“What’s the point?” said the vampire. “Have you seen it out there? There’s nothing left. I can feel them, in my head. Those vile creatures. Even more despicable than humans. Lowly, base animals with only one desire: the hunger for human flesh. No sophistication. No culture. No refinement or elegance. No savoir faire. Just simple, base craving to consume.
“And what’s more, is that I know where they are. And how many there are. They are everywhere. I can feel them moving about. Devouring. Consuming. Endless, endless torment of their mindless corpulence. They are the world now. And the time of my brethren and our tolerance of humans and their twisted, pathetic vices is now gone. Civilization is over. Plague rules the earth.”
“You’re talking about the zombies?” asked Eli, though he already knew the answer.
A weak chuckle escaped the vampire’s lips as it turned its head away. “Zombies. Yes, I suppose that is a good name for them. Yes, them. They who will eat the flesh of this decaying planet and leave nothing left for civilization.”
“You talk so much about civilization. Your kind lives in caves.”
The vampire sighed. “Yes, of course. Typical human reaction. You all think you are God’s gift to the planet. That you are the apex of civilization. But we were there when you were digging your life out of the dirt. We watched as you built your huts from mud and straw, as you pathetically attempted to mimic our language in order to learn to communicate. We watched you build your first cities, your temples to personifications of natural phenomena that you could come up with no better explanation for than bipolar deities. No, we invented civilization. Your kind simply bastardized it.”
Eli was shaking his head in disbelief. “That’s… impossible. The Sumerians…”
“Yes, there were those of us who were there for the Sumerians. And the Harappan. The Olmec, the Egyptians, the Shu. We watched your kind grow and develop. We watched them try and fail over and over again to raise crops, to domesticate animals, to fight back the floods and the storms, disease and famine. And when nature was less cruel, we watched your kind as they destroyed each other. And we knew. Right away, we knew. You would never be anything more than food. Food for us.”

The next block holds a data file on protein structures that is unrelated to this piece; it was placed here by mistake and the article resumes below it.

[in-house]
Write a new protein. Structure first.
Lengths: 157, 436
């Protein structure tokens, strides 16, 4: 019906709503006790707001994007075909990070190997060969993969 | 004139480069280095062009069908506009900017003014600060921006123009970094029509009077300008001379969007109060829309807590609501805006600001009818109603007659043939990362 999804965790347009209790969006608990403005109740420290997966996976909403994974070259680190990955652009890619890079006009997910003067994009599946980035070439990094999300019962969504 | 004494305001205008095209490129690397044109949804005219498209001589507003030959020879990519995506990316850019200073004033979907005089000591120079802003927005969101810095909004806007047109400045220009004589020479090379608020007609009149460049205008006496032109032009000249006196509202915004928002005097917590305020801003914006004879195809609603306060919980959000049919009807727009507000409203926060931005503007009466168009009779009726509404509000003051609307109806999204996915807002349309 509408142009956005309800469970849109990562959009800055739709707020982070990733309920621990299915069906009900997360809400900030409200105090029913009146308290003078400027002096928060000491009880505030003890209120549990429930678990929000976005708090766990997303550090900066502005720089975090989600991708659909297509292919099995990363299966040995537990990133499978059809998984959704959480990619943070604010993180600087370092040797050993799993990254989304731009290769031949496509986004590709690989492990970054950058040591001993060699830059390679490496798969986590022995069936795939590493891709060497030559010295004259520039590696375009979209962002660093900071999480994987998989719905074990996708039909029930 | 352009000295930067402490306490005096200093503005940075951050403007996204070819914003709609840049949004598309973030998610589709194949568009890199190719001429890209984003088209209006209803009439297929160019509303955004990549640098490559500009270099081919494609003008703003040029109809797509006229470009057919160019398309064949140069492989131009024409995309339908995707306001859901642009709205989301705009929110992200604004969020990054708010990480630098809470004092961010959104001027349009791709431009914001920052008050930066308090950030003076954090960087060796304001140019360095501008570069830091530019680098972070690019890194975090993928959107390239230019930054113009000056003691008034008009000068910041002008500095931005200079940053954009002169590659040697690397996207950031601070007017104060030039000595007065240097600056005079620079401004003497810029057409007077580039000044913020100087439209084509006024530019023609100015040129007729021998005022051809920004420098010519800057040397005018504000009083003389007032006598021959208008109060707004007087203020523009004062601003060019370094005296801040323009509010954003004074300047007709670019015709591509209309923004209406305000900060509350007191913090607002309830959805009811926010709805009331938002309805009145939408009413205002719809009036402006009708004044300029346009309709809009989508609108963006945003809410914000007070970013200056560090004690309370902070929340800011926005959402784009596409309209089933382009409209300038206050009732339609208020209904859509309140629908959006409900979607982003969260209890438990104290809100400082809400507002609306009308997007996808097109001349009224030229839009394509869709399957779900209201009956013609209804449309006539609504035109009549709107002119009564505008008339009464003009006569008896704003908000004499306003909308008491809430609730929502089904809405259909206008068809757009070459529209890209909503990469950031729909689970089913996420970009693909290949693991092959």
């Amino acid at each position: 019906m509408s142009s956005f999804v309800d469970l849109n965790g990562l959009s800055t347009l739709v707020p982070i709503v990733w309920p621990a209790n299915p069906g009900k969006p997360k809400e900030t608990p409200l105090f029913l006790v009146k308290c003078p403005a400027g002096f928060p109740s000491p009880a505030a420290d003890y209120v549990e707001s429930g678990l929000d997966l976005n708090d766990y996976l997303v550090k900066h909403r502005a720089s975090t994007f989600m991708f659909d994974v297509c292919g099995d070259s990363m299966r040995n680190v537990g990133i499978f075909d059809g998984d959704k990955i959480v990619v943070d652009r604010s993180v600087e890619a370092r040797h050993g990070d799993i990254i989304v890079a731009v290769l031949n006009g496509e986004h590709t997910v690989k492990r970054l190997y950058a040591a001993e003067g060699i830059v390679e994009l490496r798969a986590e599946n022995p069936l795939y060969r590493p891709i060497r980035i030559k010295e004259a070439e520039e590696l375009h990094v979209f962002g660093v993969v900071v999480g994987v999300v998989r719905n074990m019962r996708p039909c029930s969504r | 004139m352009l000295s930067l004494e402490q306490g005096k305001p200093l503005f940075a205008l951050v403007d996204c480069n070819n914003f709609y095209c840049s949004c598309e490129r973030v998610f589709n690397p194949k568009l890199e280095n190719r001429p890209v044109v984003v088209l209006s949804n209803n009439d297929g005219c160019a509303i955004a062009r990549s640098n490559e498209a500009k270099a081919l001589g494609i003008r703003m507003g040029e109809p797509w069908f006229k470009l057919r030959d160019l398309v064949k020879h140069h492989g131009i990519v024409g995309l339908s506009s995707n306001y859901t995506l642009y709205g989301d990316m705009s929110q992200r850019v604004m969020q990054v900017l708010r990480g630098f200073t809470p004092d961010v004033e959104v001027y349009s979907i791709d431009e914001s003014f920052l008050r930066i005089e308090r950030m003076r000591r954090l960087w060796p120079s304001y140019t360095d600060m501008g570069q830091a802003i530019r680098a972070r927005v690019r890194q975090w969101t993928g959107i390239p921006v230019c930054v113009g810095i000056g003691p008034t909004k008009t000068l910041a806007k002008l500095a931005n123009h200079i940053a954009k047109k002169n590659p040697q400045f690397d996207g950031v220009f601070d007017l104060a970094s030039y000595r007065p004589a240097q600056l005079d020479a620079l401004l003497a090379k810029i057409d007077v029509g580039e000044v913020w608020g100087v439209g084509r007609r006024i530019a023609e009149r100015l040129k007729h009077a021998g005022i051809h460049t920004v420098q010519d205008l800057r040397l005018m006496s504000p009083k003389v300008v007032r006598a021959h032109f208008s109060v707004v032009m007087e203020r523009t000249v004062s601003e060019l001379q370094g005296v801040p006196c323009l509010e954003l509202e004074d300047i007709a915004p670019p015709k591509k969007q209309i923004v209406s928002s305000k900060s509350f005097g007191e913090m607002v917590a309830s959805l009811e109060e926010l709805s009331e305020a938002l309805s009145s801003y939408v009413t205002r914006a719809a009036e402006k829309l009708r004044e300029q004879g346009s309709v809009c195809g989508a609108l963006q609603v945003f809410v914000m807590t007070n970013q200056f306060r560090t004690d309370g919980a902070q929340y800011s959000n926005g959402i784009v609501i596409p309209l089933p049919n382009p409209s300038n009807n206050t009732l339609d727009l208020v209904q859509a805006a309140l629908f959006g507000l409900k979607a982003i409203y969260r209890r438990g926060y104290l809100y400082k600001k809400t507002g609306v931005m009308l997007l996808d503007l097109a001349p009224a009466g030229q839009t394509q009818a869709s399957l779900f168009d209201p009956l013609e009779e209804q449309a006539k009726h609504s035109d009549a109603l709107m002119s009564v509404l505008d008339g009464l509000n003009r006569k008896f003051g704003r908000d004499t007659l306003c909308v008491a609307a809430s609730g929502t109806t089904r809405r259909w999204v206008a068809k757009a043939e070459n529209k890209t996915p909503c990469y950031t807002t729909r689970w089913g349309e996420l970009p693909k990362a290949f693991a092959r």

Eli’s jaw was hard, and when he spoke again, it was through clenched teeth. “If you were so great, you could have helped us. You could have taught us. Made us better.”
The vampire made a noise, a sick, mucus-filled rumble, and Eli couldn’t tell if it was laughing or coughing. “We tried,” it said. “Some of us did. Those of us foolish enough to believe it worth trying. It did no good. You either worshipped our kind as gods, or feared us as devils. Either way, we were never anything more than another excuse for you to kill each other. And so we withdrew from the disgusting world of your bright sun, only returning to feed as the need must.
“And in that time, we continued watching. Watching as you continued to grow. To spread. To build bigger and more destructive weapons. Because always you were only ever driven by one, single, primal need. The need to destroy each other. To hate. To kill. And that is why we are here, now. Why the world has become what it has. Because you have destroyed each other so thoroughly, so completely, that now neither of our kinds shall survive.”
Eli glanced around the faces of his companions and saw them all wearing a hard expression like his own. Turning back to the vampire he said, “You’re wrong about us. We have been haunted by our demons, but now that we know those demons are real, we can be better. Like those of us here. We are here to find a cure. To heal, not to hurt.”
“It will never change,” said the vampire.
Eli turned to look at Jay and motioned him forward. “Get the blood.”
“No!” the vampire shouted, and it begin to squirm and strain against its bindings. “No more! No more blood to create any more of your abominations!”
“I told you,” Eli countered, “We’re not making abominations. We’re looking for a cure. Come on!” He motioned to the rest of the group. “Let’s hold him down so Jay can get the blood.”
Eli drew his bat and held it under the creature’s chin to hold back the head, so those deadly fangs couldn’t bite anyone while he struggled. The others took up positions on the arms and legs as Jay worked drawing blood from the vampire’s arm. After he had a couple vials full, the creature ceased its struggles.
When Jay was finished, he began packing away the vials, keeping care to separate them from the ones he had taken from Sgt. Moore. The others moved away from the vampire, who once again looked as tired and defeated as he had when they had first entered the room.
He turned his single eye and glared at Eli. “Give in to your nature,” it whispered, hoarsely. “Kill me.”
Something about the creature’s willingness to die bothered Eli, sending a shiver down his spine. He looked to the others, and they nodded their heads solemnly.
“You have to,” Aliyah agreed. “If your theory is right, then this saves everyone.”
Eli turned back to the creature and found it still glaring at him with that deep, red eye. Eli raised his chair leg and placed it, spiked end down, on the creature’s chest. He took a deep breath, raised his baseball bat up into the air, and then brought it down like a hammer onto a nail.